Deduplication was without a doubt one of the hot topics in storage last year. It should stay so in 2007. The rationale behind deduplication is that it's simple to the point of being obvious: Reducing the amount of data moved from Point A to Point B will improve performance and reduce the capacity needed during backups or other copy activities.
There are several different data deduplication approaches from various vendors, but the common ground is identifying parcels of data with the same content and replacing all the duplicates with references to a single instance.
How much can deduplication shrink your data? It depends on the method used and the data content, but you could see a reduction from 10 to 1 or as much as 50 to 1, I am told.
No wonder so many vendors are dancing to the data-deduplication tune: No other technology comes even close to cutting down the amount of required storage. A backup solution that includes some form of deduplication will outperform a traditional approach many times.
Shrinking your data by 10 times means that the connection to your remote office has become suddenly 10 times faster -- or you can replace it with a much less expensive link, depending on which way your strategy leans. Regardless, you may be able to resuscitate some projects, such as consolidating backups at the head office that bandwidth constraints previously bumped to the waste bin.
Until now, customers' only option to store more data was to increase capacity by buying devices with more and larger drives. Deduplication offers the opportunity to reverse or at least slow down that trend and squeeze more data in the same capacity. It's the storage equivalent of having your cake and eating it, too.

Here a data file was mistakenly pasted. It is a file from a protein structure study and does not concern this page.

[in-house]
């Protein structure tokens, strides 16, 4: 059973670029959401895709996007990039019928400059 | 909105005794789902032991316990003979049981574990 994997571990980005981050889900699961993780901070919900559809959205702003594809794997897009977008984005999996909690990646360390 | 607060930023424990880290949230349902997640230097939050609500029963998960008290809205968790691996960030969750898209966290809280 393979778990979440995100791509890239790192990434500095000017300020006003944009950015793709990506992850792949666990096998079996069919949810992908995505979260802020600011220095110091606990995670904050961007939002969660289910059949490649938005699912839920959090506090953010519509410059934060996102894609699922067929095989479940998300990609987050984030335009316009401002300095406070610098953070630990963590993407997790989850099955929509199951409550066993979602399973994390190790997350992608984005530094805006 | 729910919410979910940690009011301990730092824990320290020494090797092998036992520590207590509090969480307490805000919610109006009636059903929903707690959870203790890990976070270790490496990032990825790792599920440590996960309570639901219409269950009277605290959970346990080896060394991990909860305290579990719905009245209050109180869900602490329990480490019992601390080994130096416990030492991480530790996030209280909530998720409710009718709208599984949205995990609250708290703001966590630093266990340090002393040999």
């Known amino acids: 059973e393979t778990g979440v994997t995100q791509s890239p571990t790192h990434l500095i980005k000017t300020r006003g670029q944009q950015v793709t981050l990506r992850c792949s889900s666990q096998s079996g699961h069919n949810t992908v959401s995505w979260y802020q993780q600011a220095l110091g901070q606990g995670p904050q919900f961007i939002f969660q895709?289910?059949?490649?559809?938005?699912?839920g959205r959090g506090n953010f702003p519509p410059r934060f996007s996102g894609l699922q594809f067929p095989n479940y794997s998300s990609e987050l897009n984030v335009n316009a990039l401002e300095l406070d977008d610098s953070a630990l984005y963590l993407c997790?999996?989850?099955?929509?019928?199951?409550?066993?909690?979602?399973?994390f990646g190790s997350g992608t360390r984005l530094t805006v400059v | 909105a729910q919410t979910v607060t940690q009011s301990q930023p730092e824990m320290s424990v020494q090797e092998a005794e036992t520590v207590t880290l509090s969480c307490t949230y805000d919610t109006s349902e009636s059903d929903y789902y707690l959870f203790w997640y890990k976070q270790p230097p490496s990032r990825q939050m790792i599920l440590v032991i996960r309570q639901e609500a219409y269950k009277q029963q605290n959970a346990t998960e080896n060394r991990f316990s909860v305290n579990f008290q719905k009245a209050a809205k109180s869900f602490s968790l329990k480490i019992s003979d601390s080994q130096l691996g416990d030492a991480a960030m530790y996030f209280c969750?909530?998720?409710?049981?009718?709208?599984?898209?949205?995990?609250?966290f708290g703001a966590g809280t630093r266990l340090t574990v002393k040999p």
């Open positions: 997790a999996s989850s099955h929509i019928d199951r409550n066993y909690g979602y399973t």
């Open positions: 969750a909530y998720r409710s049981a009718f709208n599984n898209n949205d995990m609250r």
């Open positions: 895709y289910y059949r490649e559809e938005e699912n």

With that in mind, it's easy to understand the mad rush of vendors such as EMC and Quantum buying rival companies (Avamar and ADIC, respectively) that hold deduplication technologies.
We don't know yet how EMC will serve up the Avamar dish to their customers, but in December Quantum revealed a couple of new products that take advantage of ADIC's Rocksoft deduplication and other technologies. (As you may remember, ADIC had already initiated the acquisition of Oz-based Rocksoft and its dedup technology when Quantum began its courtship.)
The two units from Quantum, the DXi 3500 and DXi 5500, should start shipping in January. Both combine what's essentially a VTL (virtual tape library) appliance and a deduplication engine.
The DXi3500 is a compact 2U unit suitable for small-capacity installations up to 1.5 TB. The DXi5500 is a larger unit that can store up to 11TB of data, but is also faster with a transfer rate up to 800 GB/hour, versus the DXi3500's 290 GB/hour, Quantum says.
How much will Quantum data dedup duo cost? I don't have figures for all eight DXi models, but Quantum mentions a retail price of $24,000 for a 3500 with 1.5 TB. The benefits of deduplication, however compelling, apparently don't come cheap.
Perhaps another and more worrisome concern is that there is no easy migration from one deduplication system to another. Quantum's dedup systems join numerous other shipping solutions including those from Data Domain, Diligent, Exagrid, and Sepaton that deliver similar data shrinking ratios, but do not interoperate. How do you spell "vendor lock-in"?
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